Microsoft to Cut 7,800 Jobs in its Nokia Phone Business
Microsoft Corporation said on Wednesday that it intends to slice 7,800 jobs or an estimated of 7% of its workforce. In the same statement, the technology giant also said that it would write down about $7.6 billion related to its phone business under Nokia.
A larger percentage of the job cuts will occur in the phone hardware section, an indication that the company is committed to shifting focus from hardware to software and cloud. According to YLE, the national broadcasting corporation for Finland, about a third of the job cuts will affect Finland, where Microsoft would shut down a product development facility.
This is the second time that Microsoft is laying off its workforce since the entry of the new CEO, Satya Nadella in February 2014. It confirms the initial statement released by Microsoft that it would cut up to 18,000 jobs.
Although Nadella has been focused on the cloud and enterprise software capabilities of Microsoft, investors have raised concerns that the shift to cloud was inappropriate in salvaging the weakening sales of Windows and Office, as well as the poorly performing phone business.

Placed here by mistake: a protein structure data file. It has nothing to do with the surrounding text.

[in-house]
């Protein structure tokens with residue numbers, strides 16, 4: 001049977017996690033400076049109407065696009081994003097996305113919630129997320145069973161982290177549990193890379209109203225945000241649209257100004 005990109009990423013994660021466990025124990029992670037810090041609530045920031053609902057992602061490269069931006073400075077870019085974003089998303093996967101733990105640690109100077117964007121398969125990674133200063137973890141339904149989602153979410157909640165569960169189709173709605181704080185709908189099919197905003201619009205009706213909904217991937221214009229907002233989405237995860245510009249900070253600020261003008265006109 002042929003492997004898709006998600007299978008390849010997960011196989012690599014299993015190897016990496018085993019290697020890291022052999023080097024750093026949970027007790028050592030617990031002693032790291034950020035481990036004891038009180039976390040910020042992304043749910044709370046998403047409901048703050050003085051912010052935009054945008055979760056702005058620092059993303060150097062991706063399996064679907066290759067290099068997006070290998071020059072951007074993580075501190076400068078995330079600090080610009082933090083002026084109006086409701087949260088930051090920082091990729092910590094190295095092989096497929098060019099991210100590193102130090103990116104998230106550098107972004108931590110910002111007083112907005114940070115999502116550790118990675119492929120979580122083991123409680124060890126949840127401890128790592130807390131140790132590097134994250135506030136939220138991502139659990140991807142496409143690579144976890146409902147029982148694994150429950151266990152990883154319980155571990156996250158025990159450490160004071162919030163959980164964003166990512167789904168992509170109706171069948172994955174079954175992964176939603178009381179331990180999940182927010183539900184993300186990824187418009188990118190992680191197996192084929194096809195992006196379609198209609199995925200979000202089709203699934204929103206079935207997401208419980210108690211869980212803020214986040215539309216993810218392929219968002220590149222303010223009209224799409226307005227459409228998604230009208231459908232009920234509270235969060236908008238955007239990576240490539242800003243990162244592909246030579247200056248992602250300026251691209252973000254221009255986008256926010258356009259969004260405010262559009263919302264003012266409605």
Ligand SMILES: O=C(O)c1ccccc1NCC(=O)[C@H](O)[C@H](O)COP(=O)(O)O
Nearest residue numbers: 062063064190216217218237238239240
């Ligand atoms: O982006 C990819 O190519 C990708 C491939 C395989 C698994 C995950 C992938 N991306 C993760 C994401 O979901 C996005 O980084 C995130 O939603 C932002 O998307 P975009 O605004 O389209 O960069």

Microsoft was expected to clear all or part of the $7.2 billion that it paid for the acquisition of Nokia in 2014, and this pushed the company into a struggling position with only 3% of the smartphone market.
Last month, Microsoft announced that the former Nokia top boss, Stephen Elob would exit.
In a note written by FBR Capital Markets Analyst Daniel Ives, he says that, ‘’overall, we believe that the proactive approach by Microsoft CEO at cleaning up the acquisition of Nokia is a positive ‘’tipping of the hand’’ around the future focus of the technology giant on software.’’
The company which had a global workforce of more than 118,000 as of March 31 also said that it would take restructuring charge of an estimated $750 to $850 million in its fourth quarter, which ended on June 30.
Since Nadella took office in February last year, Microsoft has experienced a rise of about 22%.